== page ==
Washington County honors black employees
John Williams grew up in Hillsboro, but when he got the chance, he left to join the Air Force.
More than two decades later, after service that took him to Great Britain and Dayton, Ohio, Williams made his way to Portland, where he lives today.
But Williams did end up back in Hillsboro, where he is a superintendent of support services/facilities.
"I love working out here every day," Williams said at a Feb. 6 gathering of county employees to observe Black History Month.
Williams was among half a dozen black employees to participate. They make up 2.3 percent of the Washington County government workforce of about 2,000 — slightly higher than the county's black population of 1.9 percent.
"They are part of what makes Washington County such an outstanding place as a public service organization. We all have much to be proud of in that regard," Board Chairman Andy Duyck said.
"You have all contributed immensely to what we are as an organization and as a nation."
This year's focus was on blacks in the U.S. armed forces.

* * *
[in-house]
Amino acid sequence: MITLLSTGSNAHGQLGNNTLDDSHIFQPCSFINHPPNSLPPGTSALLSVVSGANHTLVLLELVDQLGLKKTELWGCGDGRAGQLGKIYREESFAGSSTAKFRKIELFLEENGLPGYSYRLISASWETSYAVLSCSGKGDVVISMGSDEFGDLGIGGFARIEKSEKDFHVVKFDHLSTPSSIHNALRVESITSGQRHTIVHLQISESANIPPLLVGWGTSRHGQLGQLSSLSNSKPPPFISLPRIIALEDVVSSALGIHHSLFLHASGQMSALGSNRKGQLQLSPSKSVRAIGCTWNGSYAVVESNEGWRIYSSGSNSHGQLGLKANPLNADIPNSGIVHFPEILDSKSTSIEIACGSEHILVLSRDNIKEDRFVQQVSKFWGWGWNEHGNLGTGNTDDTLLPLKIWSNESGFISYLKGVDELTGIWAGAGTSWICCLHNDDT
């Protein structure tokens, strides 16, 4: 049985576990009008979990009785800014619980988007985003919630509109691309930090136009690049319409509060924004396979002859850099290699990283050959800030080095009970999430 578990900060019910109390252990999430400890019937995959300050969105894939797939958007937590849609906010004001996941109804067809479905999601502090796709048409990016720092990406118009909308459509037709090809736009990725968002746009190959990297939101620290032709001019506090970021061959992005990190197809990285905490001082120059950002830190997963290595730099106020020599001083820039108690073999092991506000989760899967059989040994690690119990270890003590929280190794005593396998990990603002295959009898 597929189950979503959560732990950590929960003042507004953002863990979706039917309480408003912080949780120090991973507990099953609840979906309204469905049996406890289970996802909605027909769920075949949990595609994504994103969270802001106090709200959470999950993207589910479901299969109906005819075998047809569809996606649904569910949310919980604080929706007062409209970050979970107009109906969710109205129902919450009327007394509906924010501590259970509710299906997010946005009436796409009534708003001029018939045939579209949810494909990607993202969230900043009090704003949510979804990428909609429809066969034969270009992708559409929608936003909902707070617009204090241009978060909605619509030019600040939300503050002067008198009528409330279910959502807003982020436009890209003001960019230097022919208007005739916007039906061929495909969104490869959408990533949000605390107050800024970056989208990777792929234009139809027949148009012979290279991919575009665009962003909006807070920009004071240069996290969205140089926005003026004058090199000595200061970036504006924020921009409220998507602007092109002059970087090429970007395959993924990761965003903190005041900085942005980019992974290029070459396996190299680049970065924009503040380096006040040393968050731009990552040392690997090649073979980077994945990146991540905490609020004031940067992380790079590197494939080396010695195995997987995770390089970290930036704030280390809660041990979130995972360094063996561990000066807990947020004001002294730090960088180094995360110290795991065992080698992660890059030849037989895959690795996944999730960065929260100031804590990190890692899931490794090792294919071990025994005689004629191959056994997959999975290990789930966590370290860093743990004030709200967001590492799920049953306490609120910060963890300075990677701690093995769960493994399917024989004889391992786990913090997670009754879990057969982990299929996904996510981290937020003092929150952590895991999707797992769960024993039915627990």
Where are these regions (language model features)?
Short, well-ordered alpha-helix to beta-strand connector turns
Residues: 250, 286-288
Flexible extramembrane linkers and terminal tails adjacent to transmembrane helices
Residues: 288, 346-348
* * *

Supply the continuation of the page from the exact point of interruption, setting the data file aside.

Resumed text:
Based on 2015 statistics, they constitute 17 percent of active-duty enlisted men and 31 percent of enlisted women. But not until the Civil War were they allowed to serve in the Union Army and Navy, and not until 1948 were they in racially integrated units.
Other speakers were Sonja Rietman, a lawyer with the Metropolitan Public Defender's Office; Geoffrey Kavulya, capital improvement manager with support services/facilities, and Vanessa Savage, occupancy specialist in the Housing Services Department.
Komi Kalevor, assistant director of housing services, was the emcee. Kari Herinckx, program coordinator with community engagement, led the singing of "Lift Every Voice and Sing," the song by James Weldon Johnson often referred to as the black national anthem.
The county board adopted a Black History Month proclamation at its business meeting beforehand, preceded by a presentation from Djimet Dogo, executive director of the Immigrant and Refugee Community Organization based in Portland.
County spokesman Philip Bransford said similar observances in honor of Washington County government's workforce are planned through the year.
For a link to the board proclamation: